You can also lower the resistances for exciting or funny ideas by the players or for good roleplaying. However, I would not lower the resistance to 6. That would be so easy you could use an automatic victory instead.
If you follow all the rules and you still think the ability ratings are mismatched in your series, you can simply increase the creation points to 30 or 40 and see how that goes.
Submitted by Invain63 on Tue, 24/04/2012 – 14:47.
It occurs to me that I have also not been paying enough attention to the Choosing Your Contest Type decision tree (pg 70). One could interpret the Quick Augment rule as essentially being an automatic success. After all, in most cases an augment contest can be described this way:
Are the players emotionally involved? Probably not. The player is just angling to increase chances of success for a subsequent contest.
Does failure offer an interesting branch? Probably not. Failure would be frustraing, but wouldn’t change what comes next.
Would failure seem peculiar? Probably so. Augmenting your spear with the Death Rune is IMHO something no self-respecting hero should fail at. YGMV.
What are the stakes? Probably low. As in the first question, the player is unlikely to change his course of action depending on the result of an augment roll.
If any of the above is the case then an automatic success is called for.
Bending the rules a bit more, I could see myself ruling that if the player wanted more than the +3 for an automatic marginal success then he/she has to win a simple contest. The situation is no longer one where there is no emotional involvement, failure doesn’t offer an interesting branch, etc. The player and I would negotiate how this augment attempt is unusual and how much of a bonus success would be worth. I would then set the difficulty rating per story logic.
Submitted by Philmagpie on Sun, 29/04/2012 – 03:43.
Also remember that as the GM you have the ability to define the parameters of failure when declaring a contest. Traditionally, RPG contests would be rather binary in nature; either pick the lock or not, and the door stays locked.
HeroQuest, by being a Narrative Game, offers an alternative; pick the lock before the guard walks past. I admit that it can be tricky to improvise such Contests, but practice and preparing some stock sceanrios in advance should all help you.
By moving away from the traditional binary contest, you have created a contest with no uninteresting failures. There is still a penalty for failure, namely having to deal with the guard, and the narrative becomes more difficult for the Heroes, but the plot does not end if the rogue fails to pick the lock.
Indeed, the grades of failure may indicate who arrives; Tie could be the janitor, Minor Failure and it is a secretary, Major Failure is an armed guard, and so on. Each one offers a different plot branch, and complicates the narrative, but the damn door still gets opened.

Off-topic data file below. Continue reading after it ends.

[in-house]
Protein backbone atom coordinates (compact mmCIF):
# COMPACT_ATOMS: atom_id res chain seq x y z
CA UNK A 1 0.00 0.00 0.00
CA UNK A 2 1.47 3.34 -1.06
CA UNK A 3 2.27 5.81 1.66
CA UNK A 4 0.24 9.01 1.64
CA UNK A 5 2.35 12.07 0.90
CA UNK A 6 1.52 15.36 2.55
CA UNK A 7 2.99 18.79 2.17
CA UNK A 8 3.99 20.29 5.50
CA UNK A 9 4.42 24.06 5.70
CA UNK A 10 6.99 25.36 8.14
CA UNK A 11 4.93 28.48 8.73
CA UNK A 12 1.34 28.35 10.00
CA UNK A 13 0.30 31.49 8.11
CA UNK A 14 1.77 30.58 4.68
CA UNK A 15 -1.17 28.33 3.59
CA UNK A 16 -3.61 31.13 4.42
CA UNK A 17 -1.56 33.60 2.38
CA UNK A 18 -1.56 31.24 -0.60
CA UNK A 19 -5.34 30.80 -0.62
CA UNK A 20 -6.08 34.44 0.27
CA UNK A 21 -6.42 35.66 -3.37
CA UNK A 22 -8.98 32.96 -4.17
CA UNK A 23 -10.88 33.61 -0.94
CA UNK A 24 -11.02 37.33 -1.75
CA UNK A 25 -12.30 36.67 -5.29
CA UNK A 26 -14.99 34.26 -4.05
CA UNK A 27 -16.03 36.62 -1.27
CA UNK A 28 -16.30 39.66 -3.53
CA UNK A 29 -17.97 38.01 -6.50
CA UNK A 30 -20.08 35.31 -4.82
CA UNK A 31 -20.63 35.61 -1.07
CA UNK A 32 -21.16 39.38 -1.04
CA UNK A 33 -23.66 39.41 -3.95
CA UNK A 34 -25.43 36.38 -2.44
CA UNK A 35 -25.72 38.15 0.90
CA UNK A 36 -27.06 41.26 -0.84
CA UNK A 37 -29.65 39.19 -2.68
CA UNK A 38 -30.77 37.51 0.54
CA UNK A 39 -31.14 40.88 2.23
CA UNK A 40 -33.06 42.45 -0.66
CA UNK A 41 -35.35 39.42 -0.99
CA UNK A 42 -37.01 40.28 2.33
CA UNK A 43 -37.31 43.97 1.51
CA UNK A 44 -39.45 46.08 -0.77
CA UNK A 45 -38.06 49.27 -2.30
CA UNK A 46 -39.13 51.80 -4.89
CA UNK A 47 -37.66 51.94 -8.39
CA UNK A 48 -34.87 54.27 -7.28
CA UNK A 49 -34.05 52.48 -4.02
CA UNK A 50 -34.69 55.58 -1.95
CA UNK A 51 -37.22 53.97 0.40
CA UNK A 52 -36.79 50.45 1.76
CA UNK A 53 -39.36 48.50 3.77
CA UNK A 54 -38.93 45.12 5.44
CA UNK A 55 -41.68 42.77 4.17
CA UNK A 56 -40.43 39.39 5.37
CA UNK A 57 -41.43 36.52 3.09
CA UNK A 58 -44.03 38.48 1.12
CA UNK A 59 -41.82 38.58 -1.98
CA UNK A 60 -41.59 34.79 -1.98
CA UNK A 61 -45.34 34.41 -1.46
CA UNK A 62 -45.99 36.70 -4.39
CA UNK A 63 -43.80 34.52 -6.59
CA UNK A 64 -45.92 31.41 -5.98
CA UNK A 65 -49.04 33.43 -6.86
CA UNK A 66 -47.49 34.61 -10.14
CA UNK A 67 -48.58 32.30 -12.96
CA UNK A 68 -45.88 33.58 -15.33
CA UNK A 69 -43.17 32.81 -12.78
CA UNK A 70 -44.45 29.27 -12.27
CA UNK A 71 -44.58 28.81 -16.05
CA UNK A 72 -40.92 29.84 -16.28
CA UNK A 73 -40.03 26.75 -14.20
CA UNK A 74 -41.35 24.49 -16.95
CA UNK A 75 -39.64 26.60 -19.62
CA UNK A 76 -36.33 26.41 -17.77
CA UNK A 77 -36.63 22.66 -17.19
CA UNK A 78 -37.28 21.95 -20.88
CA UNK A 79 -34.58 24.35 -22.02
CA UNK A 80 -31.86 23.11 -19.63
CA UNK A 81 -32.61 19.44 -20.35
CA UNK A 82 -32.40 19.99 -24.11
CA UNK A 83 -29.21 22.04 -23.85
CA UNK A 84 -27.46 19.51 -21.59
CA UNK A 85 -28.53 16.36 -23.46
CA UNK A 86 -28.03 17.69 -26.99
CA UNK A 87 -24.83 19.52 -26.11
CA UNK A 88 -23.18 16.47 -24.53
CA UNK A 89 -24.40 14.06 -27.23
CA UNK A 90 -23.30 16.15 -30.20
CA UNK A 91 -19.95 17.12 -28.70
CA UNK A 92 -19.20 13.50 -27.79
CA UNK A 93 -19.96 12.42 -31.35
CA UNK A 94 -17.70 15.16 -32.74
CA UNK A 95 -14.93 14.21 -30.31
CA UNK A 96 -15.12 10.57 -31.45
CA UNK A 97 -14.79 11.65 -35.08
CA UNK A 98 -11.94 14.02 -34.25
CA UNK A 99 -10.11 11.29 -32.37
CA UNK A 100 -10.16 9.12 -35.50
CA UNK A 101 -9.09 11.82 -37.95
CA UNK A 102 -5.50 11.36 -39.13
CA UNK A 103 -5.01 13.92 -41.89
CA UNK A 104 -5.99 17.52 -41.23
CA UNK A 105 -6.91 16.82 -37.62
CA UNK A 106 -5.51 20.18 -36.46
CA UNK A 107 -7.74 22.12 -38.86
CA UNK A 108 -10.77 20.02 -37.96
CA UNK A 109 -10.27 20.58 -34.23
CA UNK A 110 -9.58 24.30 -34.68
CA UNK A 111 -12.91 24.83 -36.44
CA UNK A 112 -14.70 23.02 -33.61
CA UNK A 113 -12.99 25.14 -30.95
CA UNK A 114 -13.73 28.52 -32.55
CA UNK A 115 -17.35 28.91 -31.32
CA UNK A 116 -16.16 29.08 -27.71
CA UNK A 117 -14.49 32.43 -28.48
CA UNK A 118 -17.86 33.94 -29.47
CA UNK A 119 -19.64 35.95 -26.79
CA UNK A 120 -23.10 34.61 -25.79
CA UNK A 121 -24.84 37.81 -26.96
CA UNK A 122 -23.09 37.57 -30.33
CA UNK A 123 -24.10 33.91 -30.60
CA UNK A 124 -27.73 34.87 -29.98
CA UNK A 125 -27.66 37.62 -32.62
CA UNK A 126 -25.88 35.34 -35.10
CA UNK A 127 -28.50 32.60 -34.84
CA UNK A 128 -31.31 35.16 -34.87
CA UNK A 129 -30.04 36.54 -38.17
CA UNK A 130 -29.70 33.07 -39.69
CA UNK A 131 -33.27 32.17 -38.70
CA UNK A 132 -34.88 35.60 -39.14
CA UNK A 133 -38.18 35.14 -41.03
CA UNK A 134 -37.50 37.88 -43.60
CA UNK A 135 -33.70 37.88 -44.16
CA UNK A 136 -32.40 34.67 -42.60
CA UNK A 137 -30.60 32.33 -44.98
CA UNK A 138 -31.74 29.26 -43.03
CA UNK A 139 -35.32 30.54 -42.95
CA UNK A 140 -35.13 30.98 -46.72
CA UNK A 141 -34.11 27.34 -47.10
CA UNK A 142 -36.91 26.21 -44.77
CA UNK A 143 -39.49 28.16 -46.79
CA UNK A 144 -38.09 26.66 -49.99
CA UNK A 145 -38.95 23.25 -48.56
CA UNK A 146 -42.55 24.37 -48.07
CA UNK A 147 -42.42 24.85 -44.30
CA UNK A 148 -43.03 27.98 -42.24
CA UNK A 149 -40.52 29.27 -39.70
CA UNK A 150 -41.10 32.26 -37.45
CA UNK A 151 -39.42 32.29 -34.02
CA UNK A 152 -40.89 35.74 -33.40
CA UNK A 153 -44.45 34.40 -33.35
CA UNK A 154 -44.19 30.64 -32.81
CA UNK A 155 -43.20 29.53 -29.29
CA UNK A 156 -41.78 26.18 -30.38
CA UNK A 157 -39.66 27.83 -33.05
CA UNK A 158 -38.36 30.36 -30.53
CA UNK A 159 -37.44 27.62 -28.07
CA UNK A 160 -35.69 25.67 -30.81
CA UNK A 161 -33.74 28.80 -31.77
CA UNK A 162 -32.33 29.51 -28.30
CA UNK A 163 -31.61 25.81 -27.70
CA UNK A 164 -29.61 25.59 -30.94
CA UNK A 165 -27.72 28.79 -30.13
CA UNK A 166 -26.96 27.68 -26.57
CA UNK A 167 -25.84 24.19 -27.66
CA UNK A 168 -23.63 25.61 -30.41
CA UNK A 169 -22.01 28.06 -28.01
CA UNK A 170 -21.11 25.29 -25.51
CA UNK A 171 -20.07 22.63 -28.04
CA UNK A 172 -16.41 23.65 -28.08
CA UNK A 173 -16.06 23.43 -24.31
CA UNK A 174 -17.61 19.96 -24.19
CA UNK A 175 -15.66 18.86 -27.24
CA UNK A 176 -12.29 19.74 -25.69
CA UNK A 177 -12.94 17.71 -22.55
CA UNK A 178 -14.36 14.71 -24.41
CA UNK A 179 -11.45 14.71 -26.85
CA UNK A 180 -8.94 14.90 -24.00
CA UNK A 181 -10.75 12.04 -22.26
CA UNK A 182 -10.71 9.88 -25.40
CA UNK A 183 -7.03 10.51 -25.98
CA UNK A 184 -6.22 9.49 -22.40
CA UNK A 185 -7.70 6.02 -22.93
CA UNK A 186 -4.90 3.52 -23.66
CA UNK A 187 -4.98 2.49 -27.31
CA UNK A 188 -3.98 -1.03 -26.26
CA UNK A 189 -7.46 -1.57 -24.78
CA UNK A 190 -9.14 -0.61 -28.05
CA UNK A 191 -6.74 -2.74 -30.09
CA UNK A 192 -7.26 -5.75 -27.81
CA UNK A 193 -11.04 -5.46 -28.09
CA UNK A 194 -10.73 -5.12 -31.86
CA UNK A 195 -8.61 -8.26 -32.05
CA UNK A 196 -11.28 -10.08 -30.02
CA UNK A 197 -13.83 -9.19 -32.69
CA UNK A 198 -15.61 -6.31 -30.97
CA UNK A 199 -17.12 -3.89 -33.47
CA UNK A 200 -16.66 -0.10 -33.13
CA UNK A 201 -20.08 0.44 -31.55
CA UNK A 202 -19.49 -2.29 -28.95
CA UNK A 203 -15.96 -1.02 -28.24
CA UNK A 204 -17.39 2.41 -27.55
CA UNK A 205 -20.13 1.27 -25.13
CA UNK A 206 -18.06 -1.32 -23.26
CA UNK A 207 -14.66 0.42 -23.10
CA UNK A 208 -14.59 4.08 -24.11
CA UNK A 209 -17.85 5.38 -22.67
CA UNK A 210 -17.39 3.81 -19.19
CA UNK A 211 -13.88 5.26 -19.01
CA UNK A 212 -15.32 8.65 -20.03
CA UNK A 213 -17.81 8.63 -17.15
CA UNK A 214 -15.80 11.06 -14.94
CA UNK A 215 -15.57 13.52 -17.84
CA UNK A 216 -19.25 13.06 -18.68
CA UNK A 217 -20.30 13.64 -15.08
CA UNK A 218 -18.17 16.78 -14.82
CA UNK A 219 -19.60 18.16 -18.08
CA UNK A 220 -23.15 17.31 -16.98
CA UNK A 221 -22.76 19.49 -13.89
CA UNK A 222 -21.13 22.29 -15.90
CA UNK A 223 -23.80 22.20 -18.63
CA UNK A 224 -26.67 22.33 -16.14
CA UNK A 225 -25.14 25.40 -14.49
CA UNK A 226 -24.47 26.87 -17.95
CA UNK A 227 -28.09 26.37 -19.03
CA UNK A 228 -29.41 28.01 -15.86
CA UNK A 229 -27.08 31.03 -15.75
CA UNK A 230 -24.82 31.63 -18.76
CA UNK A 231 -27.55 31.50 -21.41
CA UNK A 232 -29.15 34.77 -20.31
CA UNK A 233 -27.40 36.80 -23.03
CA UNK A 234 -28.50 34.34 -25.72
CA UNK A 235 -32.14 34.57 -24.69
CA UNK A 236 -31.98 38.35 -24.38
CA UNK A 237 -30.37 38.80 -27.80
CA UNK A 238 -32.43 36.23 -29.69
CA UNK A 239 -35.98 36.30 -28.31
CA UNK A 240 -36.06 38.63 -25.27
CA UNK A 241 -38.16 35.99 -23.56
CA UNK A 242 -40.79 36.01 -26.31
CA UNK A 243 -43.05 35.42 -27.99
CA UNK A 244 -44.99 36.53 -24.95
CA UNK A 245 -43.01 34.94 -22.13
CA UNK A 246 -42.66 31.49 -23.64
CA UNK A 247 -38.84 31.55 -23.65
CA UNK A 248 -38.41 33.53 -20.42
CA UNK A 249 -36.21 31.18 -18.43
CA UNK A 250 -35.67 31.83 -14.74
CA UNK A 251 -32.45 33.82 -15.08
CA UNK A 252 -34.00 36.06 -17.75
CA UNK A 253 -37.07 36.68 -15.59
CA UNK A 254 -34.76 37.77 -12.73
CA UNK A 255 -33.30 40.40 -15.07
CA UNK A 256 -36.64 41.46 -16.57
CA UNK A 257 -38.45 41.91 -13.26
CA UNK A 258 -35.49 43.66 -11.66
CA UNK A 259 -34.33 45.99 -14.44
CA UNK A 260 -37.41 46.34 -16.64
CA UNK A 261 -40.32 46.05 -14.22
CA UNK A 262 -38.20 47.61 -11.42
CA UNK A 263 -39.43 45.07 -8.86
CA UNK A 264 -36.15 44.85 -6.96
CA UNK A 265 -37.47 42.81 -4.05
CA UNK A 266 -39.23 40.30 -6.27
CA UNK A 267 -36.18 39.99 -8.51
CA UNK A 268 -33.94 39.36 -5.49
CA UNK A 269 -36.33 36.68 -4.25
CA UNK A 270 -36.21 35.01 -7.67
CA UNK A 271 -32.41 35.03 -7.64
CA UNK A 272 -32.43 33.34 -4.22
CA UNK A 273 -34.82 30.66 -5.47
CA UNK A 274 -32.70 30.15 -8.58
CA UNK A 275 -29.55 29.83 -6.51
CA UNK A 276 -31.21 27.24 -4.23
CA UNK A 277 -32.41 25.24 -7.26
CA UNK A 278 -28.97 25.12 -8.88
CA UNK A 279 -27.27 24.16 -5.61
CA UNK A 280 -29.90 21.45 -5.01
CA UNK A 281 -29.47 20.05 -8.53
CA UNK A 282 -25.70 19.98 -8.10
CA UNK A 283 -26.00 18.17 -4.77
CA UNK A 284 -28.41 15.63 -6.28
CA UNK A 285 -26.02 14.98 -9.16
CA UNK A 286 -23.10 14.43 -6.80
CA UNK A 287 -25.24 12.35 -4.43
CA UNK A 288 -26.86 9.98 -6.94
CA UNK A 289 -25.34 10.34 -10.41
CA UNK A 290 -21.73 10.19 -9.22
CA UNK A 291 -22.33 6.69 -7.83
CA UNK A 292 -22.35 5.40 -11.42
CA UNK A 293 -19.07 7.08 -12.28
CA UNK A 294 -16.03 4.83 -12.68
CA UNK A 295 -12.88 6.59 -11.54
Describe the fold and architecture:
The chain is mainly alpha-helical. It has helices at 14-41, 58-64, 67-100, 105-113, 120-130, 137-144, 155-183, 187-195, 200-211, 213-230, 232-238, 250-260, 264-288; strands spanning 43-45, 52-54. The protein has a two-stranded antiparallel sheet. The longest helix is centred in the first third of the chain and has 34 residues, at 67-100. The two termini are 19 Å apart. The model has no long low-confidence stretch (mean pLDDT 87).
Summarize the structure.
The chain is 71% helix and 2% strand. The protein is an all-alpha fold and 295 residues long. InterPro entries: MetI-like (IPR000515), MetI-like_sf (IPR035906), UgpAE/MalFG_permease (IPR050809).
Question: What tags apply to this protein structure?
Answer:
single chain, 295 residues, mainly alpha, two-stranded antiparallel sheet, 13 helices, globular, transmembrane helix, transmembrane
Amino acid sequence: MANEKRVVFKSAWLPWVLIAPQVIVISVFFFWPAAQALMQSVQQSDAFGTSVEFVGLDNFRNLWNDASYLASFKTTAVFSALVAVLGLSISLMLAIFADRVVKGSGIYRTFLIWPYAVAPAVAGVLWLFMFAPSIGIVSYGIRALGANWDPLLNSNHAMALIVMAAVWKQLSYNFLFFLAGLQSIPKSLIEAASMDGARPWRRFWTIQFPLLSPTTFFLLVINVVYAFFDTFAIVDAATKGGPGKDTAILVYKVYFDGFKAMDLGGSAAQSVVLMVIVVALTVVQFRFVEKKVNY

I accept that this is not quite what you asked, but the idea is that there can be more narrative answers to your mechanics issue.
Hope that this helps
Submitted by Invain63 on Mon, 30/04/2012 – 15:43.
This is an excellent point, and one which I keep forgetting. Thanks! One of the to-do list items for my next demo game is to create a page of reminders for contest options that I frequently overlook, like arduous auto-success.
“Default” settings and contests
Submitted by Herve on Thu, 03/05/2012 – 14:57.
This is a very stimulating discussion, to which I’d like to add my two cent’s worth.
What Newt said about breaking the GM/Player barrier and to build the contests together is dead on. It stimulates creative process by both sides and “augments” playing pleasure for everybody. Do give them a few minutes to work up a strategy, and make sure they did understand how the rules work before launching an extended group contest !
My players like to roll dice, so we often do – lots of simple contests to reflect the wear and tear of long off-road treks in the jungle, taking shots from invisible embyli, etc. But we go for extended contests only for big issues.
Finally, I do use default settings of my own which don’t change, especially for sizes, temperatures, distances and basic ratings : a complete beginner is 13, a young adult 17, a competent NPC is 5M, a Hero 1M2 etc. I think it gives more cohesion to the game.
Finally, make players afraid of failure, and enthusiastic about success. Go for emotions. If a scene works super-well without dice rolls, if everybody is roleplaying well and enjoying themselves, forget dice rolls.